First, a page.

Chapter 10. Topic Modeling

In the previous chapter we covered some of the techniques used to extract information from text. These techniques can be complicated to implement and may also be slow. If the application requires the information extracted to be readable by the users, these techniques are great. If we are looking to extract information as part of an intermediate processing step—for instance, building features for a classifier—then we don’t need to extract readable information. As we saw in Chapters 5 and 7, simply using our vocabulary will create an unwieldy number of features. Therefore, we want to reduce the dimensionality of our data. This is where distributional semantics comes in.

Distributional semantics is the study, using statistical distributions, of elements of language to characterize similarities between documents (e.g., email), speech acts (e.g., spoken or written sentences), or elements thereof (e.g., phrases, words). The idea for this field comes from John R. Firth, a linguist in the first half of the 20th century. He noted how semantics was dependent on context and coined the oft-repeated quote, “You shall know a word by the company it keeps.”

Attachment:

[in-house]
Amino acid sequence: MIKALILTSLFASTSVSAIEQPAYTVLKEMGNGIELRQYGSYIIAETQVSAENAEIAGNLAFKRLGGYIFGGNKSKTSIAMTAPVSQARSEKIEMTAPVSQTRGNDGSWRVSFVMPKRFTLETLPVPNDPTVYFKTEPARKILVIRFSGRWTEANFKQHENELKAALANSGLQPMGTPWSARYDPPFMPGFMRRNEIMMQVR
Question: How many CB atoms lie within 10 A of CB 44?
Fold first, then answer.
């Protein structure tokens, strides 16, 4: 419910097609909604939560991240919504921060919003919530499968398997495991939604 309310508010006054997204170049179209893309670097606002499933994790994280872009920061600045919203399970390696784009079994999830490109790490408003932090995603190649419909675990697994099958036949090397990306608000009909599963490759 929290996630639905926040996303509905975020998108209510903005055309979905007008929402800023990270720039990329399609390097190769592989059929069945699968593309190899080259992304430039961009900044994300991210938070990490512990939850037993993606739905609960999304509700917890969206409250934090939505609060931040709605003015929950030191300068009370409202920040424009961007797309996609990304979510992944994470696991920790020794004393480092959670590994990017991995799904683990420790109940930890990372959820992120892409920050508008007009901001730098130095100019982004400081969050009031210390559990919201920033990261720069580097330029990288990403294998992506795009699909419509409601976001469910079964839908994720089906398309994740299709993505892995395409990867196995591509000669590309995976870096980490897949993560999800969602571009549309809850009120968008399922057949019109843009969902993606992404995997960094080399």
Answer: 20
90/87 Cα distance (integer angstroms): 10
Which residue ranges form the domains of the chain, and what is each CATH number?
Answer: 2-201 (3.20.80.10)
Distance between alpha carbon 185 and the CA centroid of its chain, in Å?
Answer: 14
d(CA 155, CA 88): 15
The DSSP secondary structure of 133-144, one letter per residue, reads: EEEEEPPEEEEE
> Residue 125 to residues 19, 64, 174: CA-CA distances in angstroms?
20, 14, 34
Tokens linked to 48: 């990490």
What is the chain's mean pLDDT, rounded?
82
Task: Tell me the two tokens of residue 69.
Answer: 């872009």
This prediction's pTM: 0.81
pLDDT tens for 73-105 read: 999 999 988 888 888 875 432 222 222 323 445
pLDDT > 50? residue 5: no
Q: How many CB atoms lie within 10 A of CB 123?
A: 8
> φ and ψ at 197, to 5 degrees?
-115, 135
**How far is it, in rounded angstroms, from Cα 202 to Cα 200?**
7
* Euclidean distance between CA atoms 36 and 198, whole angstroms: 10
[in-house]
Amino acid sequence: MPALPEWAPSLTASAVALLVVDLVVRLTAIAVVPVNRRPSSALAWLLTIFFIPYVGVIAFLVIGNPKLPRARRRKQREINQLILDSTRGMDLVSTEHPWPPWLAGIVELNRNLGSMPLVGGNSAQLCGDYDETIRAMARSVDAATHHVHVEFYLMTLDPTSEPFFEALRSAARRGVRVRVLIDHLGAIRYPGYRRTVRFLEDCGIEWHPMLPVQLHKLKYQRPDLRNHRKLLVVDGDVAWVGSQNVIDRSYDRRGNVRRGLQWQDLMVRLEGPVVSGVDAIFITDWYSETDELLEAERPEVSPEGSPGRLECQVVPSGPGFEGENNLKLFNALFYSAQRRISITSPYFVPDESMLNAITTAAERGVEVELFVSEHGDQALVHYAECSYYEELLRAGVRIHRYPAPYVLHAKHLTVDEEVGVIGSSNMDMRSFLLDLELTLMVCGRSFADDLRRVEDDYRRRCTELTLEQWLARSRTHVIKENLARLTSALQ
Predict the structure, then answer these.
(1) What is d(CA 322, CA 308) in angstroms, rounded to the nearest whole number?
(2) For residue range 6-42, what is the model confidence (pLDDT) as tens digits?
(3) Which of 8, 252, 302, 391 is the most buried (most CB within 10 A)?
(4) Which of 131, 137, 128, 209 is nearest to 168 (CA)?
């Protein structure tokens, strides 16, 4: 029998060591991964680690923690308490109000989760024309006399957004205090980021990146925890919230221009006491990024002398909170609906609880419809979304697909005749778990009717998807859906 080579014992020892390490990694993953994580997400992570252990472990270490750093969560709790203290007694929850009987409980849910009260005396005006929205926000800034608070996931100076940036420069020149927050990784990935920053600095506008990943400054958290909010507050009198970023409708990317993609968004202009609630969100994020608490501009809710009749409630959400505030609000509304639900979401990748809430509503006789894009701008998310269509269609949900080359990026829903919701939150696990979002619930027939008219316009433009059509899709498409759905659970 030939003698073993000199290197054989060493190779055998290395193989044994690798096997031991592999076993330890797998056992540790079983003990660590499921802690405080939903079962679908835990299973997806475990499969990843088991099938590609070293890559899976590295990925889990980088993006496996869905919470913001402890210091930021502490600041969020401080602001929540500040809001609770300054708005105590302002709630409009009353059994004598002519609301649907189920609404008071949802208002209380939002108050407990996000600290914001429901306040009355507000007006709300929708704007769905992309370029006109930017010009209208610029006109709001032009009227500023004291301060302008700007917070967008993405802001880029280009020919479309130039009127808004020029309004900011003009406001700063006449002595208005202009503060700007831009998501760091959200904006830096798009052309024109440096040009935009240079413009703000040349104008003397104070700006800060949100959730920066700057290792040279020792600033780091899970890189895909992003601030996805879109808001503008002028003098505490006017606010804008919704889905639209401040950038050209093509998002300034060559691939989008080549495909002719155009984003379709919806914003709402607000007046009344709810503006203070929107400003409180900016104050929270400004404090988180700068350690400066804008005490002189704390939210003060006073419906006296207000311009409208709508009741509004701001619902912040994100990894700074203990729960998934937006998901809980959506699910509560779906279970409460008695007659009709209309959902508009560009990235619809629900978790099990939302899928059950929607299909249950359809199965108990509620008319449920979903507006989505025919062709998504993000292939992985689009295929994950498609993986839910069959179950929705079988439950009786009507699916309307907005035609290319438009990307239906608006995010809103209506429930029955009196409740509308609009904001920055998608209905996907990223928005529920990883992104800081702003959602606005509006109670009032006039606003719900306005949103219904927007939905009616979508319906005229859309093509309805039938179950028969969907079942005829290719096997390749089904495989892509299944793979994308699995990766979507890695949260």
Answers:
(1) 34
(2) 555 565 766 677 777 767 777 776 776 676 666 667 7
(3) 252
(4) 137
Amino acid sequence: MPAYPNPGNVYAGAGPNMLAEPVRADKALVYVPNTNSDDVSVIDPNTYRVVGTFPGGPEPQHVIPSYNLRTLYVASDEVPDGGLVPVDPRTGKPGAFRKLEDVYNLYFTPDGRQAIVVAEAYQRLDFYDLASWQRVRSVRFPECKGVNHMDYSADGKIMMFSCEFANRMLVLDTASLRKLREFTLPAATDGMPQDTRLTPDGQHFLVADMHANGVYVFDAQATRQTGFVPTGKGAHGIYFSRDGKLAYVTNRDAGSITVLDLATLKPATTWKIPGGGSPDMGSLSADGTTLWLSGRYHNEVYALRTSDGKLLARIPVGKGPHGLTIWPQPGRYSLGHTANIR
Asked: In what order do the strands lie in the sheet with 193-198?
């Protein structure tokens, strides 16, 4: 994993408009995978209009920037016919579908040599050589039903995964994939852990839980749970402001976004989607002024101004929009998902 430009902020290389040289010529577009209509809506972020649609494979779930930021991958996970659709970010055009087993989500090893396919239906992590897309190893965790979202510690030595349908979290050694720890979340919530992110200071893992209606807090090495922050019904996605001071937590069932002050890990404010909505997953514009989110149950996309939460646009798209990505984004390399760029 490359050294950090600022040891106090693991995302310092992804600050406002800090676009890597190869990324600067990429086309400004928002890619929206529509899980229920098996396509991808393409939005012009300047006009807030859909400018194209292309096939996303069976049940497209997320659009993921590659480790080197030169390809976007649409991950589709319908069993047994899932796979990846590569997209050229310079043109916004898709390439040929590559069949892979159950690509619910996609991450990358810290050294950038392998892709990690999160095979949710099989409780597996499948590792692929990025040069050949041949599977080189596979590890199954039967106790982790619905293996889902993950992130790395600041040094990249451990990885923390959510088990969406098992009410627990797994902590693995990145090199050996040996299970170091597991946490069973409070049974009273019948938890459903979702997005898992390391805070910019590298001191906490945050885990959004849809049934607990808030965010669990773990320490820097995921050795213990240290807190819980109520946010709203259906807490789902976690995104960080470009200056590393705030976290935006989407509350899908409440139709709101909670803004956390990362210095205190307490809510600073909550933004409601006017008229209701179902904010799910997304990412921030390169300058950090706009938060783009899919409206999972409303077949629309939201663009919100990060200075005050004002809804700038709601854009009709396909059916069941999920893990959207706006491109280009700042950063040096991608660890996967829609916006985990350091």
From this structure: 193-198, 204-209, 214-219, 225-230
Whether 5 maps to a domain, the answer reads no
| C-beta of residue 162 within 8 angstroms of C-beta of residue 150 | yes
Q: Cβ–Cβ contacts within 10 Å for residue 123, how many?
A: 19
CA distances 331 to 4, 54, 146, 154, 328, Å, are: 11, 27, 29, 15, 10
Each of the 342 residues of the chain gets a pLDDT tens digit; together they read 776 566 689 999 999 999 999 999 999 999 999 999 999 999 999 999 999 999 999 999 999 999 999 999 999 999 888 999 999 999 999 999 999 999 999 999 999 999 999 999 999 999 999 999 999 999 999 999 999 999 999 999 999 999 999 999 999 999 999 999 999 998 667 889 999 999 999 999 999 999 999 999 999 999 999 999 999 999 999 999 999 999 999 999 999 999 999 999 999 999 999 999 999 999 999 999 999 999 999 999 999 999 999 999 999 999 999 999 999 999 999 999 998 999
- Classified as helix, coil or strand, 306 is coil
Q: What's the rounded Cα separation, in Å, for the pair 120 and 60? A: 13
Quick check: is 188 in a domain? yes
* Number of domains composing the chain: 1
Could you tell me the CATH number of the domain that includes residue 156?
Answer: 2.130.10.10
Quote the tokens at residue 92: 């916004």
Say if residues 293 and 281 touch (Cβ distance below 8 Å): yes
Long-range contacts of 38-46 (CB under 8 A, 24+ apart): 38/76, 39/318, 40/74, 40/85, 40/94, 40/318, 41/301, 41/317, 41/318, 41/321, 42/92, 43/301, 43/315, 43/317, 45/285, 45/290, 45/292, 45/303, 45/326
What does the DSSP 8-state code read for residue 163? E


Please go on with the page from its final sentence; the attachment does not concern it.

The idea is that you can represent a word as a probabilistic distribution over the contexts it appears in. The words will exist in a vector space where the dimensions are associated with these contexts. For example, “doctor” will have a larger value on the medical dimension than in the financial dimension. However, ...

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